Half of the fun of going on a fishing weekend is in the planning. This time the talk, consisting of the usual brag and lies, took place at the American Legion – there is no sense of planning a fishing weekend without two-fingers of bourbon or two.
It had been a long unusually hard winter for both and they were anxious to get their feet wet (pun intended). They had been on the ice, staring into a 10 inch hole several times, but it just wasn’t as much fun as it used to be …mostly because they were getting up in years and, whether they admit it or not, it just plain hurt to get stiff.
The plan centered on going to the Jordan. The Jordan had been their home river for years and over the past year changes had occurred that changed the character of the river. First: a large tree came down and swept the river causing a sand fill to take shape. Vegetation was choked out and the bottom was like a sandbar. Second: a bridge was constructed, removing two culverts that created a swift flow from one side to the other of the culverts. A large hole was carved out by the swift current that was a staging area for steelhead as they made their way upstream. All that was changed by the bridge that now spanned the river without the culverts. Thus, filling in the hole because the current was no longer a force.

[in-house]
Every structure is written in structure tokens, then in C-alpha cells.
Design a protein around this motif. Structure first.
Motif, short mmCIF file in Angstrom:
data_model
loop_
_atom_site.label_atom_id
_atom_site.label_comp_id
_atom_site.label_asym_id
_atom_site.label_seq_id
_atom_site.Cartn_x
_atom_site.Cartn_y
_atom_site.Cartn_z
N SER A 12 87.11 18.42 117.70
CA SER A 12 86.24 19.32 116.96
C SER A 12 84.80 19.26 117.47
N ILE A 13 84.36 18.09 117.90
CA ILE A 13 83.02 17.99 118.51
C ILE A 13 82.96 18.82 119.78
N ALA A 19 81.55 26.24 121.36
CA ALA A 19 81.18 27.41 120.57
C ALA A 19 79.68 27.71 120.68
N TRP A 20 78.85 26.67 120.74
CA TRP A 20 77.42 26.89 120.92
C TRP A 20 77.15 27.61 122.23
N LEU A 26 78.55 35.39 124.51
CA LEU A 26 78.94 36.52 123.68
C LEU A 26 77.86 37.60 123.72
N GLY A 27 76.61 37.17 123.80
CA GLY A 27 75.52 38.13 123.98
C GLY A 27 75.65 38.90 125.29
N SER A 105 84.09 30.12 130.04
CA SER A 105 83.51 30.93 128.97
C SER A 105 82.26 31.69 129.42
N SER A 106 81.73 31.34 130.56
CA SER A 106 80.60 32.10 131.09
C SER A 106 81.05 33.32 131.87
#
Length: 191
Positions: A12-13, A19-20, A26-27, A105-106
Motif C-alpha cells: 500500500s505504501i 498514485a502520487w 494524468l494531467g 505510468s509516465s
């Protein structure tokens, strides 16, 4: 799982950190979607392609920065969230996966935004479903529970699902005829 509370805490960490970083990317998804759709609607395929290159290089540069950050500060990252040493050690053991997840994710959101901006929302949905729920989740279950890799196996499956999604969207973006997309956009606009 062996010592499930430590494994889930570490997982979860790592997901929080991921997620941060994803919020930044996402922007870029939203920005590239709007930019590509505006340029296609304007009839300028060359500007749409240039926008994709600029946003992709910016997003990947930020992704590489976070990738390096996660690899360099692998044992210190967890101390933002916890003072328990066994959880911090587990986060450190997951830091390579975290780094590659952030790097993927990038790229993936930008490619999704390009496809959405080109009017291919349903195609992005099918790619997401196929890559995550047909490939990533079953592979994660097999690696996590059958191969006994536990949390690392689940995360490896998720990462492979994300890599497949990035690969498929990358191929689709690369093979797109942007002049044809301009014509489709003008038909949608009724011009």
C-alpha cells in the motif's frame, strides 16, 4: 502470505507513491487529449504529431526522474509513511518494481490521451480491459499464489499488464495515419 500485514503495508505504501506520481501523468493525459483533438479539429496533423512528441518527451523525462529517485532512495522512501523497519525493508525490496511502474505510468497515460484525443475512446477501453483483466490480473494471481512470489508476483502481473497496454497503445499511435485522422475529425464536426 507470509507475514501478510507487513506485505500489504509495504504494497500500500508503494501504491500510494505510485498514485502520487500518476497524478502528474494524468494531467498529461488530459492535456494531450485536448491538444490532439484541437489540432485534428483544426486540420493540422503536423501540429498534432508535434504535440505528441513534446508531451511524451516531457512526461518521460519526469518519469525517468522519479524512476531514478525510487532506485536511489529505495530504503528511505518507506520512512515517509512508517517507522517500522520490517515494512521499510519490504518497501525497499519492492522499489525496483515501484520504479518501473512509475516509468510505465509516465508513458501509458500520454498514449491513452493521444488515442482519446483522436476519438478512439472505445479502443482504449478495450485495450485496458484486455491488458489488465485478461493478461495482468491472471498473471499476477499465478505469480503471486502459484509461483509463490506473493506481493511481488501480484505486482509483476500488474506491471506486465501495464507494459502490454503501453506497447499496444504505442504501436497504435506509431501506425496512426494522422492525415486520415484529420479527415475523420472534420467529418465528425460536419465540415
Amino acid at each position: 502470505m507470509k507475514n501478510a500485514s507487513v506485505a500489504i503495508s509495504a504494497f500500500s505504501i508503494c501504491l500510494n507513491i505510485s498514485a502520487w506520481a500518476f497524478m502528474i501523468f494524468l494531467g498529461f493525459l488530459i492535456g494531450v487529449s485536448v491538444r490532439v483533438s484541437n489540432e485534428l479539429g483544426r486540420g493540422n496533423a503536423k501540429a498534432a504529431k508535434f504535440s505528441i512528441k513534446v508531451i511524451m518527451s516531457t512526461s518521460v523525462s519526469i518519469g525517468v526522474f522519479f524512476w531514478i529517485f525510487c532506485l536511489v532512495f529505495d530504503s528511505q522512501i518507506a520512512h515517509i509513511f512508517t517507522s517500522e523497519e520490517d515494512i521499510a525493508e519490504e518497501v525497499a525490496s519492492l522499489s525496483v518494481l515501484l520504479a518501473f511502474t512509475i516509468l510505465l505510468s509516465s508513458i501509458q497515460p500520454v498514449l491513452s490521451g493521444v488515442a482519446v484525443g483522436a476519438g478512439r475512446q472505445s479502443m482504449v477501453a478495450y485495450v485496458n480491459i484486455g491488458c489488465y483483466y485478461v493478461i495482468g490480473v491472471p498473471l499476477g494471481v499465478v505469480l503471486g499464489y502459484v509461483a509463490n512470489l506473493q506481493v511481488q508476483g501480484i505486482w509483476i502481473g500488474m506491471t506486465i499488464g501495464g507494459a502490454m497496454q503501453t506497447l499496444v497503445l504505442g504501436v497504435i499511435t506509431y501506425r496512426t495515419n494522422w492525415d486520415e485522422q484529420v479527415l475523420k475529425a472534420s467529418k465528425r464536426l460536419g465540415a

This area had been named Rainbow Bend by the two because on a good day, rainbow, brook and brown trout could be taken there. Now, they weren’t so sure. This stretch of river became an unknown and they were anxious to explore and learn how to fish the change.
It is a stretch of the Jordan that was open to year-around fishing and, weather permitting, they would wade it before the opener. Fishing it early would be a good idea since when the bridge was put in, there was also a parking lot and canoe access added.
The talk quickly turned to tackle, flies to be precise. They both preferred dry flies, but knew it would be difficult to get a fish to rise unless a hatch was coming off and that required a warmer temperature which usually occurred in late afternoon this time of year and waiting until late afternoon wasn’t going to cut it. Alternatives were discussed; streamers, nymphs and wet flies came into the conversation.
Finally, it was over. They had said all there needed saying and the next stop was the local tackle shop to replace old leaders and tippet material. Then it was time to pack and get ready for the four hour ride to the cabin.
That night a front moved in and four inches of snow covered the car the next morning. A quick check of the weather for the Jordan and another trip to the American Legion was necessary to come to a decision of whether or not to make the trip.
It’s been several hours since they met at the Legion and still no decision. Their wives called, telling them dinner was on.
Oh well, there’s always tomorrow.